In lieu of an abstract, here is a brief excerpt of the content:

  • Assisting Political Parties
  • Alina Mungiu-Pippidi (bio)
Confronting the Weakest Link: Aiding Political Parties in New Democracies. By Thomas Carothers. Washington, D.C.: Carnegie Endowment for International Peace, 2006. 269 pp.

Political parties are widely regarded as the backbone of democracy, performing such vital functions as presenting candidates for office, mobilizing the electorate, structuring issues, representing various social groups, aggregating interests, forming and sustaining governments, and integrating citizens into the political process. Yet around the world parties appear to be underperforming, and trust and confidence in them are remarkably low, tempting one to venture that their shortcomings pose a major danger to today's brave new democratic world. At least that is the main impression one gets from this new study by Thomas Carothers assessing the state of political parties and of efforts to assist them from abroad.

Carothers's book explores two related sets of issues: First, what is wrong with parties in the struggling new democracies (if indeed something is wrong with them); and second, what impact has external aid had on their current state? As the uncontested pioneer of the scholarly study of democracy assistance, Carothers could hardly have overlooked this highly neglected topic. Although there are a number of institutions dedicated to providing help to political parties, remarkably little research has been done so far to assess the lessons learned from this support. It is rare to find on the websites of party-development organizations [End Page 167] from the West any analytical papers reflecting critically on their own programs. Instead, anecdotal evidence abounds, with donors claiming that their pet party won this or that election due to their support. Winning elections remains the most common performance indicator for political parties, but it has major shortcomings, not least of which is the difficulty of knowing whether it was donor assistance that did the trick.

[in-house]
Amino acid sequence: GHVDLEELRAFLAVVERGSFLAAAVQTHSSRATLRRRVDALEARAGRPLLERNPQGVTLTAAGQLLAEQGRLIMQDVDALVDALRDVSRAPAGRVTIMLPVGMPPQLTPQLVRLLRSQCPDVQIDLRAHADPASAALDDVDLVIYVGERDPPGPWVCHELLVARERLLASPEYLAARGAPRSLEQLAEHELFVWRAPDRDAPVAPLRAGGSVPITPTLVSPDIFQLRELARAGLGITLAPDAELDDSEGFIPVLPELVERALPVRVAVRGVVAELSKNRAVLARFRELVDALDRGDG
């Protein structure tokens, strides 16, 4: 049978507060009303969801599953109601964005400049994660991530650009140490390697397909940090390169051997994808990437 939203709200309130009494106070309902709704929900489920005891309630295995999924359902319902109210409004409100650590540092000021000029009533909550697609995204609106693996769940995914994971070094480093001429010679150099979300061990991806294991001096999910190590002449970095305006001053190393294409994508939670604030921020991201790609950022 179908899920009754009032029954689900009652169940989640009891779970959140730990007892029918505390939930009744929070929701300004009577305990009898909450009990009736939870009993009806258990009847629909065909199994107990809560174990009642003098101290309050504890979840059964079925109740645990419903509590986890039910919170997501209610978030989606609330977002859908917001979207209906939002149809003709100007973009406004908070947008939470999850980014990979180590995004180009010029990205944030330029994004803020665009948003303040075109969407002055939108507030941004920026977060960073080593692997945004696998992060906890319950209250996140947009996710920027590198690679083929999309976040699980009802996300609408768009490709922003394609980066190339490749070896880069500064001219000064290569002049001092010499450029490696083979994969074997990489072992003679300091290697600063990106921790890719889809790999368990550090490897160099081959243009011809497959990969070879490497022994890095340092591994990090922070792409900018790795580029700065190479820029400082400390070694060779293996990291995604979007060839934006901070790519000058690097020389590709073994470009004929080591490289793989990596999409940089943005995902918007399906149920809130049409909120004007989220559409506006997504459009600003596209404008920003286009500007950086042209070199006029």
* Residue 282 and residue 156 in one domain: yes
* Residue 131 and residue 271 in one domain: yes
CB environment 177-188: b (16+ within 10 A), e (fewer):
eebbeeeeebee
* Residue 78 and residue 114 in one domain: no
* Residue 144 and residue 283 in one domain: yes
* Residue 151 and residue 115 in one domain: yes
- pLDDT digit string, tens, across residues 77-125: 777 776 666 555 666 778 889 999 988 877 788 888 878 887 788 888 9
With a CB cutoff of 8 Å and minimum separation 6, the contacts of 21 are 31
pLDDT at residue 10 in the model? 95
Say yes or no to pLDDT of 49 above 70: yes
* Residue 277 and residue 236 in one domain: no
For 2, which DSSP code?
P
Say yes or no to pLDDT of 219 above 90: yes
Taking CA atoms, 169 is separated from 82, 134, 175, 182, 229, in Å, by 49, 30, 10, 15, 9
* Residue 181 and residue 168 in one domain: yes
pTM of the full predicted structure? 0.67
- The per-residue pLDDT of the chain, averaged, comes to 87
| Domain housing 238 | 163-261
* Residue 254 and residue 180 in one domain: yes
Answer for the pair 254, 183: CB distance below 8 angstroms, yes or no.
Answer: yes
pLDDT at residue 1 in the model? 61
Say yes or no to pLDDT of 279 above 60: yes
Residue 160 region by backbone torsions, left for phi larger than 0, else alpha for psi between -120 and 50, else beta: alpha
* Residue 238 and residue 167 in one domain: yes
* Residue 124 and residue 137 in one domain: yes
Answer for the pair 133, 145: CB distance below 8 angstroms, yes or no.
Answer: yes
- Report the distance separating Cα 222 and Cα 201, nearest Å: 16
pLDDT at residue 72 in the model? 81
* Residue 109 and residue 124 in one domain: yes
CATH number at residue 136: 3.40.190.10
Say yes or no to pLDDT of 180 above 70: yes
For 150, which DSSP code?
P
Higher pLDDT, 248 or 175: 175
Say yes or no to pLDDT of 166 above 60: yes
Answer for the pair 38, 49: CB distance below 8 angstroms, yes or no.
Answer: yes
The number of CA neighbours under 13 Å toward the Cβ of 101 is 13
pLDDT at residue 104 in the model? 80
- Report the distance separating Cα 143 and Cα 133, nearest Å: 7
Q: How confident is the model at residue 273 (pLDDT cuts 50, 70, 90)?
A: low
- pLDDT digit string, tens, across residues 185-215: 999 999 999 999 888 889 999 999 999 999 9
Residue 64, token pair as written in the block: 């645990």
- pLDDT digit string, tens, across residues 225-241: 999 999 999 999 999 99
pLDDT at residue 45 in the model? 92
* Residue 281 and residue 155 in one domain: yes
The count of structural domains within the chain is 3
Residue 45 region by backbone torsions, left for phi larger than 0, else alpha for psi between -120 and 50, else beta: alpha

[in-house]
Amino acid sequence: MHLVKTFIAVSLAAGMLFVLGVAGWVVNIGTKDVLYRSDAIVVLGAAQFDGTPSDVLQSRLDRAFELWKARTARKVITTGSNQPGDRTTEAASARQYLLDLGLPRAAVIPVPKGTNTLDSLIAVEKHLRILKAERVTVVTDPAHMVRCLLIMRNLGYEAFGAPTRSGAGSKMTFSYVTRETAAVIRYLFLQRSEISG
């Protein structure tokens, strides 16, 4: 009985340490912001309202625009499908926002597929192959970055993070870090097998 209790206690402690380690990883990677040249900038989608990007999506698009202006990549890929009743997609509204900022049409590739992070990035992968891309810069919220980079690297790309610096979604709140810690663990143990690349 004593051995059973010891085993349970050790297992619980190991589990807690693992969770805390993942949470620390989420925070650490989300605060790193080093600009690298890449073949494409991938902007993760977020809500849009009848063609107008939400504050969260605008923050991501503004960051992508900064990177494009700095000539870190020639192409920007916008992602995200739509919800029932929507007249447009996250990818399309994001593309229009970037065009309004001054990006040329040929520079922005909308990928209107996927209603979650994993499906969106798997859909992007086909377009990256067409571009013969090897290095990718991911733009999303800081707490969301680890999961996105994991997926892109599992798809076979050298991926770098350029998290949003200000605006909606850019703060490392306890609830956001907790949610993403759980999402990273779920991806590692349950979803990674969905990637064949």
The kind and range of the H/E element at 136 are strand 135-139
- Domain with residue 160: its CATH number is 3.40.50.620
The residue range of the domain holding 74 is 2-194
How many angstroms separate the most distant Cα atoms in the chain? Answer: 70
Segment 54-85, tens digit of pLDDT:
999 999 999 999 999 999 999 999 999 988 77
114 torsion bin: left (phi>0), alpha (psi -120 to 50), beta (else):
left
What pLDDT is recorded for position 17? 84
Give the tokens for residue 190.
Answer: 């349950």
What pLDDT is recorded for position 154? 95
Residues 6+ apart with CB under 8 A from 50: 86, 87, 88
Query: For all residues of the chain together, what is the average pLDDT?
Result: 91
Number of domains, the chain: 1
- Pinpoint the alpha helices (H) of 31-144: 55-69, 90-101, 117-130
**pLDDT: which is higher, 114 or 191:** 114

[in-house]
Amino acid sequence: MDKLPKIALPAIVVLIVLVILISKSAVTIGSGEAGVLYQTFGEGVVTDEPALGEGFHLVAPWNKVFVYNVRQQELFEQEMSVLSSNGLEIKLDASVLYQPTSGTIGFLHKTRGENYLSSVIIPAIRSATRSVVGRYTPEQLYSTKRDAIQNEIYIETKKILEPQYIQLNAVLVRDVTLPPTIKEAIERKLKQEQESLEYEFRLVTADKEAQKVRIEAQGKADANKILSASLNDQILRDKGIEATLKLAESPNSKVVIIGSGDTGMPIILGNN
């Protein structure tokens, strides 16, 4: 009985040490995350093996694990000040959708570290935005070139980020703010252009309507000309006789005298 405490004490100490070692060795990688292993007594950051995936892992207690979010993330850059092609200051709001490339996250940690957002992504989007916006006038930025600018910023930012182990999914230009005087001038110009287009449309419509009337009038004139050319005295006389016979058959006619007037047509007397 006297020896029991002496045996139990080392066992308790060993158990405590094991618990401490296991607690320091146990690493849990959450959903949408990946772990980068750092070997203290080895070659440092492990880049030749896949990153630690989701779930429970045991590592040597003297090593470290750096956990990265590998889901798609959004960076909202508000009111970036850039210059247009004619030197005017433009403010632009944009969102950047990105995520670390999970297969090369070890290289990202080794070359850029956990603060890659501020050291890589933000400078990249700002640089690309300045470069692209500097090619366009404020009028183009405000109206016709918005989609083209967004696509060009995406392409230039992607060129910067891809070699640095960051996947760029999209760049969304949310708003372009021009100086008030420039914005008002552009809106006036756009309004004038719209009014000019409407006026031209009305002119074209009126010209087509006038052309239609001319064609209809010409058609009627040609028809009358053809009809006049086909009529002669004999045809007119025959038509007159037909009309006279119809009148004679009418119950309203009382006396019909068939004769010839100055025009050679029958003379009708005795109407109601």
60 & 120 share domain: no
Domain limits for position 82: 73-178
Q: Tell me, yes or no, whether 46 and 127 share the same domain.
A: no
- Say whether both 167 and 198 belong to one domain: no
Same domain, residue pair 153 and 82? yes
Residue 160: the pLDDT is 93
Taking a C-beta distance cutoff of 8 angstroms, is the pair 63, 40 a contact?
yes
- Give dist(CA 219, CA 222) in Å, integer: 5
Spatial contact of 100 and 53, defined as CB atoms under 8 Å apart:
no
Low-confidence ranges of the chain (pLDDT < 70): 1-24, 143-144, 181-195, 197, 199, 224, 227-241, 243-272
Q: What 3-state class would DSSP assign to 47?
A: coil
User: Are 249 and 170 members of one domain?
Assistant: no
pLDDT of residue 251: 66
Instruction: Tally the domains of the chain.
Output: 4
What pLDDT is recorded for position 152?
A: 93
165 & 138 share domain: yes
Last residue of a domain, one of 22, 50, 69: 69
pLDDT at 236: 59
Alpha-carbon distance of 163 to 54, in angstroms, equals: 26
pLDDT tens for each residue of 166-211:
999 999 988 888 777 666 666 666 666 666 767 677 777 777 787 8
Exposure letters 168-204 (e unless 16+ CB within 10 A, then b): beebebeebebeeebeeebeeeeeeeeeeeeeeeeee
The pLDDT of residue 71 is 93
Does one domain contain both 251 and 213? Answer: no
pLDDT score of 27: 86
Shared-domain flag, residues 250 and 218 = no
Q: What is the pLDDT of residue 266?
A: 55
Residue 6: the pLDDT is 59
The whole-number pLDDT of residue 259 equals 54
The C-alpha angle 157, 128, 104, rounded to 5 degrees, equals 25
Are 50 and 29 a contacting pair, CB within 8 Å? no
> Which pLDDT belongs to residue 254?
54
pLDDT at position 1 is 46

A few years ago, a couple of American scholars sent a paper to the European Journal of Political Research that focused on the electoral success of the Bulgarian Union of Democratic Forces (UFD). The coalition was discussed in detail and offered as a model to the rest of the fragile, bickering center-right coalitions of the region. By the time the paper was actually published a couple of years later, however, the UFD was disintegrating rapidly, and it has remained in a shambles ever since.

The "standard lament" on parties, as described by Carothers, is well known. Parties are said not to be accountable to or representative of their voters. They are ideologically opportunistic, failing to fulfill what students are taught in school are the fundamental tasks of political parties: creating both policies and cadres for government. Parties often seem dedicated solely to the task of state capture, and therefore do not enjoy any public trust. In new democracies, popular leaders or civil society movements—both secular and religious—are the major recipients of public confidence. However indispensable parties may be, they often seem less important than these other political actors in new democracies. Even electoral results in free and fair elections sometimes fade into irrelevance between two electoral cycles, as flocks of representatives migrate with impunity from one party to another in search of the best deal on state capture, as electoral promises are completely abandoned, or as real power goes elsewhere. Membership in parties is extremely low in new democracies (1.6 percent of Estonian adults are party members, as compared to 6.6 percent in Denmark), and trust in parties is extremely low everywhere except in some South Asian countries.

Carothers refuses to dismiss these ills as mere "growing pains." In countries with longer democratic experience, as in Latin America, there are no signs that parties are doing better than in countries with only a more recent democratic past, as in Eastern Europe. On the contrary, the evidence suggests that a similar malaise exists in the "old" democracies. Reading Maurice Duverger, one could hardly have predicted the rise of a party like Jacques Chirac's Union for a Presidential Majority, and Giovanni Sartori's main theoretical writings belong to the epoch of ideological parties, before Forza Italia and the Lega Nord came to town.

While Carothers notes that the...